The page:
However, as Goffman's analogy of the "dead sea" reveals, there is also an "underlife" within total institutions, "the underlife of the institution, being to a social establishment what an underworld is to a city" (Goffman 1961: 199). The world of each institutional member is divided into three different spaces: the unreachable space, the monitored space, and the free areas. The unreachable spaces for most people become the free areas for a few, and each institutional member gradually forms their "personal territories" within these free areas or "group territories." Goffman's concept of "territories" is built upon the Chicago School human ecology's focus on position. However, compared to the positions of various ethnic groups in the city, as described by Park and Burgess, the social nature of group territories and personal territories in total institutions is stronger, while their physical nature is weaker. More importantly, the concept of "territory" is highly subjective, and the various territories of each institutional member differ. The same physical space can be a free area for one person but a monitored space for another and can become a personal territory for different members at different times.

The sociological research on Goffman is prolific, but not much attention has been given to his unique concept of territory and its contribution to the theoretical advancement of social space. This section focuses on this key concept in Goffman's work, aiming to elucidate his distinctive contributions to the theory of social space. Ten years after the publication of Asylums, Goffman further developed his theory of personal territory in another essay titled "The Territories of the Self" (Goffman 1971). At the beginning of this essay, Goffman writes the following:

"At the center of social organization is the concept of claims, and around this center, properly, the student must consider the vicissitudes of maintaining them... one type of claim becomes crucial: it is a claim exerted in regard to "territory." This concept from ethology seems apt because the claim is not so much to a discrete and particular matter but rather to a field of things -to a preserve-and because the boundaries of the field are ordinarily patrolled and defended by the claimant" (Goffman 1971: 2829).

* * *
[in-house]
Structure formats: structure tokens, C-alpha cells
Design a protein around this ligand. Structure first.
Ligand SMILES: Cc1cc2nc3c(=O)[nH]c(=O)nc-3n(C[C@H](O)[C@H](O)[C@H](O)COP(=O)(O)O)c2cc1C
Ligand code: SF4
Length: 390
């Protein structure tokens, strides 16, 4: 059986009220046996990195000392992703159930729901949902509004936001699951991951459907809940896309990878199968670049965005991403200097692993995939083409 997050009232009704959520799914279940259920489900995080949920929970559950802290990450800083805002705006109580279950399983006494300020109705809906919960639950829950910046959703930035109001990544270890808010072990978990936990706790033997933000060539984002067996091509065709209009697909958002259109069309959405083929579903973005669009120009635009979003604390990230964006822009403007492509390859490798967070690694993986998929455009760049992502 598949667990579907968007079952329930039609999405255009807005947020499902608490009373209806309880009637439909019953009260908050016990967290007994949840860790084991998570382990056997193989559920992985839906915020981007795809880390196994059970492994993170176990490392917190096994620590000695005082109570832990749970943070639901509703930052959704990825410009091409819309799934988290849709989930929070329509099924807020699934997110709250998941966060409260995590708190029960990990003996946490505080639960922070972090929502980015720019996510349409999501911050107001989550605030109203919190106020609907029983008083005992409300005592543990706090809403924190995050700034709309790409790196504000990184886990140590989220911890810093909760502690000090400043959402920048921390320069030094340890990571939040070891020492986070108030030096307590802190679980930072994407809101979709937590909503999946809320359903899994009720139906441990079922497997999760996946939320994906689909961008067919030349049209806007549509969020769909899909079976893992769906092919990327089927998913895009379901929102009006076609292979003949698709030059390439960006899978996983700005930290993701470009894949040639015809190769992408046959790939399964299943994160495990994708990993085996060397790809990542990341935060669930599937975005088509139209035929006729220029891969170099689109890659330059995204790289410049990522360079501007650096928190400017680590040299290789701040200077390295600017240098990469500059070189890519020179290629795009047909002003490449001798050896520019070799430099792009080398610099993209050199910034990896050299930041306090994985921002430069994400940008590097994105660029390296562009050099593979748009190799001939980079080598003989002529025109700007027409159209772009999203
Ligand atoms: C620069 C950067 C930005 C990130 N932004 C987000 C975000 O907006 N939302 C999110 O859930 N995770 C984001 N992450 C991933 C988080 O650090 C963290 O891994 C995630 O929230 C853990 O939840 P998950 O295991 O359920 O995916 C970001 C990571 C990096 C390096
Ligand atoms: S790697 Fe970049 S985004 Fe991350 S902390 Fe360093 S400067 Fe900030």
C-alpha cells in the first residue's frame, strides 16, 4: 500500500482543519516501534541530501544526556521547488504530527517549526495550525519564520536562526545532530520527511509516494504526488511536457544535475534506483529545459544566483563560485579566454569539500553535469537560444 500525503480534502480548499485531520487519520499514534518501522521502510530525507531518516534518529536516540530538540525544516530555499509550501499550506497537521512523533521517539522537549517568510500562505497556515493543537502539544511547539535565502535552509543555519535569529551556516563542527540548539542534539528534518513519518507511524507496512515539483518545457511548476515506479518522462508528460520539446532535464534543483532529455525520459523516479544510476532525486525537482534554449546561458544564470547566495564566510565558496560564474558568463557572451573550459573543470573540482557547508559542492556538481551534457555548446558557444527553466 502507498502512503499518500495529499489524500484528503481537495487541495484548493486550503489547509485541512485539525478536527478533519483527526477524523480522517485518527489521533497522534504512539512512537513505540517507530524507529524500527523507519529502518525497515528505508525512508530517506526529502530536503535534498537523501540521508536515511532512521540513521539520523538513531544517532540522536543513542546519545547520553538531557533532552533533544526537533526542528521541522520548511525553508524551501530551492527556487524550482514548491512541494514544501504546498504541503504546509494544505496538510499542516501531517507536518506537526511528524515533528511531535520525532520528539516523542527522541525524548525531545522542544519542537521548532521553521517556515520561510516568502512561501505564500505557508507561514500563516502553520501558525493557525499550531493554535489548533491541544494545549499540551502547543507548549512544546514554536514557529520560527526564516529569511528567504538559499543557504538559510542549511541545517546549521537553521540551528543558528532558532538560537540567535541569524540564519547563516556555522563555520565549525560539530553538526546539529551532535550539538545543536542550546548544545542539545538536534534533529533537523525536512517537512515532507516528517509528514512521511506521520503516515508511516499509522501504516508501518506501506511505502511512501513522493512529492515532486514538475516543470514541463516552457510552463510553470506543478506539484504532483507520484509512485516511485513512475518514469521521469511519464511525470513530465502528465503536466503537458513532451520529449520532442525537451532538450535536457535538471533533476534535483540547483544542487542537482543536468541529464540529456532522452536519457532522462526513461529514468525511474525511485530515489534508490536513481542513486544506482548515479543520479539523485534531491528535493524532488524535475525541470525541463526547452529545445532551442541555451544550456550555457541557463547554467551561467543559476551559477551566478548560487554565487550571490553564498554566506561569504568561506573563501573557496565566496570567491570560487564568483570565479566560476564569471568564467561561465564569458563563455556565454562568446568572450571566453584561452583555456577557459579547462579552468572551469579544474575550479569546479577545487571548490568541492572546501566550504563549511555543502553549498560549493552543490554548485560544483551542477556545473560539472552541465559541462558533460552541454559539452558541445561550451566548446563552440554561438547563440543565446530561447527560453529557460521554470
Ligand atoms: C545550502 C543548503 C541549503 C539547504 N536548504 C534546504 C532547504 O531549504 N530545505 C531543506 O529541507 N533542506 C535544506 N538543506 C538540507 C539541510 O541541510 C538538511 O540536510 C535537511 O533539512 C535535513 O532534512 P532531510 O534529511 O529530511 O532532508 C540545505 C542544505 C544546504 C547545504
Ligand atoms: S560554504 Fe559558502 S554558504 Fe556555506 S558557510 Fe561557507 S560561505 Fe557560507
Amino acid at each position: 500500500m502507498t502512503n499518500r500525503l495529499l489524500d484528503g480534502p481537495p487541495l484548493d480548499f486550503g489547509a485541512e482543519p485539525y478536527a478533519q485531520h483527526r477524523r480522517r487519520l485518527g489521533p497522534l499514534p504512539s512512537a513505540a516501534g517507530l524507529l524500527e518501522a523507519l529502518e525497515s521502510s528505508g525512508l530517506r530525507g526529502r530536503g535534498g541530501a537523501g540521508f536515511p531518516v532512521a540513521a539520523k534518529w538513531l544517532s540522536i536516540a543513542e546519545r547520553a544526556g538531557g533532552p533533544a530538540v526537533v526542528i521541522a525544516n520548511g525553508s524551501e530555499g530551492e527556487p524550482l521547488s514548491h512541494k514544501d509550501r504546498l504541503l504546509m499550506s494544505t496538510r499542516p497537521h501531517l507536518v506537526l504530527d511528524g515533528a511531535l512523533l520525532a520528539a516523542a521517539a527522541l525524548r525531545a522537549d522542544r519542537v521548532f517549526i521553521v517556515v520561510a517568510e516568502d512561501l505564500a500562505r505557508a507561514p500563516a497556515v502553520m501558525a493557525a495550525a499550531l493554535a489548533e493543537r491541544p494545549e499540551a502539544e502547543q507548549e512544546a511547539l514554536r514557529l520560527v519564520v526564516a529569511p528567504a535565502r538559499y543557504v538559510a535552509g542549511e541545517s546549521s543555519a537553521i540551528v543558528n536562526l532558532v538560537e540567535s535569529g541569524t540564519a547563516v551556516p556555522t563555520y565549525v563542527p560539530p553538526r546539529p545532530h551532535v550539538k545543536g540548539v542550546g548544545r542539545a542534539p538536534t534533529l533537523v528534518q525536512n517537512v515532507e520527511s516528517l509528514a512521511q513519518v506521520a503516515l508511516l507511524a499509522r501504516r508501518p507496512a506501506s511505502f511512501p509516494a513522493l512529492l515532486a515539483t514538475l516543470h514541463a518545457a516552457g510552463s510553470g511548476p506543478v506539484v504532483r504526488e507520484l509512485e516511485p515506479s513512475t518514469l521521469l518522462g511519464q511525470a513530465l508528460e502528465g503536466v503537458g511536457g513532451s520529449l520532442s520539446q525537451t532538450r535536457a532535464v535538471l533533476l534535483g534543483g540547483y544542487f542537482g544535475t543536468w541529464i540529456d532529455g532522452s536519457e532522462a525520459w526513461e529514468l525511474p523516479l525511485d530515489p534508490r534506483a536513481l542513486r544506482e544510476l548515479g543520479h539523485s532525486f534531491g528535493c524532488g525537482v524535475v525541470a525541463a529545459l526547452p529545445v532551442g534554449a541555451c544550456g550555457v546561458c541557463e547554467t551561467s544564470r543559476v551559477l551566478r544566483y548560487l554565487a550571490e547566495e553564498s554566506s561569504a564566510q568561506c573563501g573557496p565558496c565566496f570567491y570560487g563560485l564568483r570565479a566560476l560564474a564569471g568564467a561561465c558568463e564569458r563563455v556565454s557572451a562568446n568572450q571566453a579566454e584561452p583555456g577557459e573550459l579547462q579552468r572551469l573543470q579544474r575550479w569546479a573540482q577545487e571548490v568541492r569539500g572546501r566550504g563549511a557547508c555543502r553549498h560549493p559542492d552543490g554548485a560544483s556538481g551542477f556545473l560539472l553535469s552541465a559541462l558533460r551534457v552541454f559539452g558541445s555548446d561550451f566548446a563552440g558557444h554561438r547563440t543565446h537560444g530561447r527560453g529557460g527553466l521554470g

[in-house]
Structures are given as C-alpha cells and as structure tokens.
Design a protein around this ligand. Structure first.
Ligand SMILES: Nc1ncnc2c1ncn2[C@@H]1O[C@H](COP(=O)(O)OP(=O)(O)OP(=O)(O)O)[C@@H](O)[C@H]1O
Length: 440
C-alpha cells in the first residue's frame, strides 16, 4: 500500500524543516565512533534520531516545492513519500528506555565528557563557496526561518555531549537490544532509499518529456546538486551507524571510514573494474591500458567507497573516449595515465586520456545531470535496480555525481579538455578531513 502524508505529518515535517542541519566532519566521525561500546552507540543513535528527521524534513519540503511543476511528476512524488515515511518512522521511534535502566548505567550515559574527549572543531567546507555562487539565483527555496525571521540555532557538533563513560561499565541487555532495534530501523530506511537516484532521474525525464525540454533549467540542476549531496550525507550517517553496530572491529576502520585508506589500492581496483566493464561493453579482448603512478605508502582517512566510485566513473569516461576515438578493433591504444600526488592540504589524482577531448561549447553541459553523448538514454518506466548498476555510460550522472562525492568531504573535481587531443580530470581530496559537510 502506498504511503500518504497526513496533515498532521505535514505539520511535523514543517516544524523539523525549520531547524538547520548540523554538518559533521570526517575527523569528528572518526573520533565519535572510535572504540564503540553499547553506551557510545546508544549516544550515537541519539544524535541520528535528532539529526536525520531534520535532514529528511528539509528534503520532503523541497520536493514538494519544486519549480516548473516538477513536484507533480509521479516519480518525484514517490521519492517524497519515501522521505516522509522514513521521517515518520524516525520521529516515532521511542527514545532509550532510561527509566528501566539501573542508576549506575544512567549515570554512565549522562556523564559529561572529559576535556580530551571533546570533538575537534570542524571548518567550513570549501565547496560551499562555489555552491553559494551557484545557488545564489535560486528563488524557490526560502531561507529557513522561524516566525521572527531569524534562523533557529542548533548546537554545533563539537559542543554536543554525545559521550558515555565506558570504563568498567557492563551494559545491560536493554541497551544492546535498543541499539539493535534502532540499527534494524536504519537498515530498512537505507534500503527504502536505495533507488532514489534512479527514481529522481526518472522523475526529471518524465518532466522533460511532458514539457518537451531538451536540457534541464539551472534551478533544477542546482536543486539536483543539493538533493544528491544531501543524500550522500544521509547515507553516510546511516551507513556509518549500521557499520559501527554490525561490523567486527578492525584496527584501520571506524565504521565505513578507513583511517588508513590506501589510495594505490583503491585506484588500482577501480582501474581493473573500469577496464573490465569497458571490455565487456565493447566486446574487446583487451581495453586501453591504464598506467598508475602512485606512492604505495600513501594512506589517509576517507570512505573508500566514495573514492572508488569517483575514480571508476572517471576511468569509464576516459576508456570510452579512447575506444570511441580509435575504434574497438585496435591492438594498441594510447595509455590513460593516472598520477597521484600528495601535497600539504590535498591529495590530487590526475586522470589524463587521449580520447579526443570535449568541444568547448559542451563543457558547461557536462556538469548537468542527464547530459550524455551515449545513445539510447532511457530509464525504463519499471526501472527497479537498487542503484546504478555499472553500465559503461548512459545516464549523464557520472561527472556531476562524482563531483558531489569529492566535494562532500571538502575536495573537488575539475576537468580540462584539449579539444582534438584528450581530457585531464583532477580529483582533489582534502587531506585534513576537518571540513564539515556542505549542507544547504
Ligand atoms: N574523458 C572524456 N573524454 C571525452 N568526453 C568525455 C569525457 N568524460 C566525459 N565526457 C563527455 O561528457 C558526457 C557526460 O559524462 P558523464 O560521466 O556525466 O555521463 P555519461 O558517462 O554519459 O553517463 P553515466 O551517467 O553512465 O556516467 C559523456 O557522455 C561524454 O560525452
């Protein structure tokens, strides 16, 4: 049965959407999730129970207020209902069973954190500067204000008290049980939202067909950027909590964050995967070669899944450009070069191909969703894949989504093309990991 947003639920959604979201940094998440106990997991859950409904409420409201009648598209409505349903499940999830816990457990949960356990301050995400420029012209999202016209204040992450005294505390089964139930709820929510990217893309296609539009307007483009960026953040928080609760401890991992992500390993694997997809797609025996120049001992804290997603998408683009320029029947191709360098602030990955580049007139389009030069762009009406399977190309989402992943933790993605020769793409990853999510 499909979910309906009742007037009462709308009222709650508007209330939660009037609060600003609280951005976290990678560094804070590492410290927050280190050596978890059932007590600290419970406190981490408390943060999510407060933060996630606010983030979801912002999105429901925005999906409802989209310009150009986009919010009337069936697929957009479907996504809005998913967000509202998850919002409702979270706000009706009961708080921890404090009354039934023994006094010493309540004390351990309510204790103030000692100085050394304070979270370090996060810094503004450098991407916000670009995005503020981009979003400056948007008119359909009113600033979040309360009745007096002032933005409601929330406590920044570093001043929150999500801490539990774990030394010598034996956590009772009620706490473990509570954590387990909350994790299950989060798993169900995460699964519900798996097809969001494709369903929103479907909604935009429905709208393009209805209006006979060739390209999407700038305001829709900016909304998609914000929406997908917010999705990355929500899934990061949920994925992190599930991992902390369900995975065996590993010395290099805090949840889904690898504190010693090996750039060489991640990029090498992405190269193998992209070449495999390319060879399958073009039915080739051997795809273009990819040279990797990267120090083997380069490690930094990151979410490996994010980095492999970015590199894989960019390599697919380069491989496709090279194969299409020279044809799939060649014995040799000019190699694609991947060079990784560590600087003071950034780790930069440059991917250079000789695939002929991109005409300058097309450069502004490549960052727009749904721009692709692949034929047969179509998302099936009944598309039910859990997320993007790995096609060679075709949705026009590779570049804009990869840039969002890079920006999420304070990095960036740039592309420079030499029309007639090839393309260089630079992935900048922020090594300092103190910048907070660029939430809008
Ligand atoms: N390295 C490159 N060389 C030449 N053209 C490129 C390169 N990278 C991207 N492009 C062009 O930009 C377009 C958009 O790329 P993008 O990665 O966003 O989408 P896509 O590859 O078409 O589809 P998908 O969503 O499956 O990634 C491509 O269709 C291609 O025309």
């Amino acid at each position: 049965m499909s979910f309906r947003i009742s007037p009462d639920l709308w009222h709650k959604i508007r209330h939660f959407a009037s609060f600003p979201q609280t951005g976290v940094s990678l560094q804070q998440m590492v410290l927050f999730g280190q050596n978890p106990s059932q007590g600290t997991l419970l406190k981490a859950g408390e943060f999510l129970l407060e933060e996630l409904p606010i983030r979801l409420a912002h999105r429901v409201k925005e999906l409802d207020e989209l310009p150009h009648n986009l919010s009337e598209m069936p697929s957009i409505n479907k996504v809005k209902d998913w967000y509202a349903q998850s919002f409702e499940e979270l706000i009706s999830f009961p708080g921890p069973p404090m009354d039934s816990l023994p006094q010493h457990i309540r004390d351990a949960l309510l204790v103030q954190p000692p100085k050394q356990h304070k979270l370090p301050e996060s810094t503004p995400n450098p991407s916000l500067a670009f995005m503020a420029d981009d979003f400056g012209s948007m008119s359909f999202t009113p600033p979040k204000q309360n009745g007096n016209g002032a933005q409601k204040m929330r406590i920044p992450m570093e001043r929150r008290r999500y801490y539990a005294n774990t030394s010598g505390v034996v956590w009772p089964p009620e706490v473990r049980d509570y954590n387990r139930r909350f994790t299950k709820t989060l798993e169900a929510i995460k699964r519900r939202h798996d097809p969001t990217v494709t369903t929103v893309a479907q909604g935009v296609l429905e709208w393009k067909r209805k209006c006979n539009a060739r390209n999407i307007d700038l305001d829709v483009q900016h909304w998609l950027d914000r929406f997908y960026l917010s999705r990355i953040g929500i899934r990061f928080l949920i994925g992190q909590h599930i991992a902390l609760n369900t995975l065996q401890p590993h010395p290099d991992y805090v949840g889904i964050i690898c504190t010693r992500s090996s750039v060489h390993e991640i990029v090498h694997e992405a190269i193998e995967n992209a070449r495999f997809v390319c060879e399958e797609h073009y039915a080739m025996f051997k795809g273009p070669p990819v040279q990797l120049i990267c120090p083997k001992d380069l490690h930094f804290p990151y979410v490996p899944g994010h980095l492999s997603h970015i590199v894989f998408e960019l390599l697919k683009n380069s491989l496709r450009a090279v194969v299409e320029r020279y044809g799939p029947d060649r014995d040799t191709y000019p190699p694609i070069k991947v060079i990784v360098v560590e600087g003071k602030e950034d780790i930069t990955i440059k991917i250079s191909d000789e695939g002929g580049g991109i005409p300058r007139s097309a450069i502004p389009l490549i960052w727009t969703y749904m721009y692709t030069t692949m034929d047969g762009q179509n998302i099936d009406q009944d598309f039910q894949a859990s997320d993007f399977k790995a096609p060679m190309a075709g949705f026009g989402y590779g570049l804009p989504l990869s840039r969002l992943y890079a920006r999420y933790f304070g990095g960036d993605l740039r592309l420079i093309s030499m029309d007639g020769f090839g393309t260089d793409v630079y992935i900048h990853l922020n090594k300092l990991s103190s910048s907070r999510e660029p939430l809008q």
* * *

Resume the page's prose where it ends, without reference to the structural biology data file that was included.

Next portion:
A person's territory can be fixed, such as a house or yard, or situational, such as park benches or restaurant tables, which belong to someone during a certain period. Additionally, territories can also be "'egocentric' preserves which move around with the claimant, he being in the center" (Goffman 1971: 29), such as a wallet, backpack, or mobile phone that one carries with them. However, regardless of its type, a territory is a "field of things" that needs to be "patrolled and defended." Similar to McKenzie's discussion of invasion and accommodation in urban communities, Goffman believes that the encroachment of personal territory and the resulting interaction processes are crucial for forming boundaries in social space. Goffman argues that territorial offenses encompass two different "sins": one is "intrusion," in which someone intrudes into a territory where he or she has no right of access or otherwise contaminating a preserve; the other is "obtrusion," in which someone extends their territorial claims into a wider sphere, making others feel that they are encroaching his or her territory, even if that might not be the case (Goffman 1971: 50–51). For example, a person who occupies multiple seats with his or her belongings in a subway car or plays loud music on his or her phone is committing a form of territorial obtrusion against the personal territories of others around him or her, even though he or she may not have directly intruded someone else's personal territory.

Therefore, Goffman's discussion of territories adheres to the human ecological perspective of the Chicago School, as organizational changes in society are understood through the definition and competition of spatial positions. However, what sets Goffman apart is his reinterpretation of different positions in social space, centered on the self as an actor. In his essay "The Territories of the Self," he develops eight categories of personal territories: personal space, the stall, use space, the turn, the sheath, possessional territory, information preserve, and conversational preserve.